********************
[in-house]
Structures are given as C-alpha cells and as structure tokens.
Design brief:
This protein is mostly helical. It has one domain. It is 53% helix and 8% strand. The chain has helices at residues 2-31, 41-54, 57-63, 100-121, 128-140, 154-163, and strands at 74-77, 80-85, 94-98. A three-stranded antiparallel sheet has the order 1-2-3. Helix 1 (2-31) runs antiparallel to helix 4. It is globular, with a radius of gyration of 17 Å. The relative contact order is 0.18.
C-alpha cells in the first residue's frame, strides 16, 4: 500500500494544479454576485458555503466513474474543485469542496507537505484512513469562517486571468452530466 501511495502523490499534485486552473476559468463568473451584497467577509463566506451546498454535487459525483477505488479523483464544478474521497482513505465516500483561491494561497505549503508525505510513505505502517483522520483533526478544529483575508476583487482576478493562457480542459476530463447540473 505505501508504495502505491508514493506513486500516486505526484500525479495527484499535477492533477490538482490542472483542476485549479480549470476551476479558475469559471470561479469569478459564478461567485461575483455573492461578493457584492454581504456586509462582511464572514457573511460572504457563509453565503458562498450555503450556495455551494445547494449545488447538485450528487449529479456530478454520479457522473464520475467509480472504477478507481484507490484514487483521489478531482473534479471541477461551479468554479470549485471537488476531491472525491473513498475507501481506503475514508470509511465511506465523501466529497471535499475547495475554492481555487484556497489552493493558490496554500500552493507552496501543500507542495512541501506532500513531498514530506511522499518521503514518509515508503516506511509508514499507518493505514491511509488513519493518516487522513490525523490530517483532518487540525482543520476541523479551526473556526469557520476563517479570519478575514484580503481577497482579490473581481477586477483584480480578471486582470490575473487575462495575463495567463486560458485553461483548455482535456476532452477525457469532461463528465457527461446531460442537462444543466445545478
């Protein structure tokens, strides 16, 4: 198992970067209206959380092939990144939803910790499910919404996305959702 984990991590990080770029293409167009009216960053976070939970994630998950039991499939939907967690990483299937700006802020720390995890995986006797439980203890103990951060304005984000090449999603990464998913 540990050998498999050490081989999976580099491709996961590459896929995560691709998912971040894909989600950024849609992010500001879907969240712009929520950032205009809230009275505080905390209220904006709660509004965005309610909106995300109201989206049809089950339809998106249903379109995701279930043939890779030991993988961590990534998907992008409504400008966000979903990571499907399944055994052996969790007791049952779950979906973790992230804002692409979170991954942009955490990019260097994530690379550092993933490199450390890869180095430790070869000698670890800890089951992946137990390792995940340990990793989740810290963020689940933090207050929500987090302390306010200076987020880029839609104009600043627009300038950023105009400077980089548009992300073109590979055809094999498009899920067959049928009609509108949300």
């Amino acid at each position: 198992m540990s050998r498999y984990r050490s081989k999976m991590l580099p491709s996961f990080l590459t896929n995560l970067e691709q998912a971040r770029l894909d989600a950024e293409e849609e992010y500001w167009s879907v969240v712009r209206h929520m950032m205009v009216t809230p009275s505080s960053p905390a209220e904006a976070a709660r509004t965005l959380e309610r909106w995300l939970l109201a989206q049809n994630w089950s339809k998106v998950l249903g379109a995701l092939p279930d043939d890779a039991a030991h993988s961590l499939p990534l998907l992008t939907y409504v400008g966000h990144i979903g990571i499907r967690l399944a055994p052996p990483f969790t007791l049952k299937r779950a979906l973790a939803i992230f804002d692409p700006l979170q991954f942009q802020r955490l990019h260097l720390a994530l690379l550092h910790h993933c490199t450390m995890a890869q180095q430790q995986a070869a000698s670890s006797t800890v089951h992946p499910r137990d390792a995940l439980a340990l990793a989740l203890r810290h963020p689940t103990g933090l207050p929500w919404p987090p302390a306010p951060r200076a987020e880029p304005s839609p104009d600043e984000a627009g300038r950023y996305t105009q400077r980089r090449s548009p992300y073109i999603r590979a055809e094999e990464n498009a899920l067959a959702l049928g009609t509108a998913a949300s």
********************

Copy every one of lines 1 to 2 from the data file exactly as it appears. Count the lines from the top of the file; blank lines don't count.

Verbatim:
[in-house]
Structures are given as C-alpha cells and as structure tokens.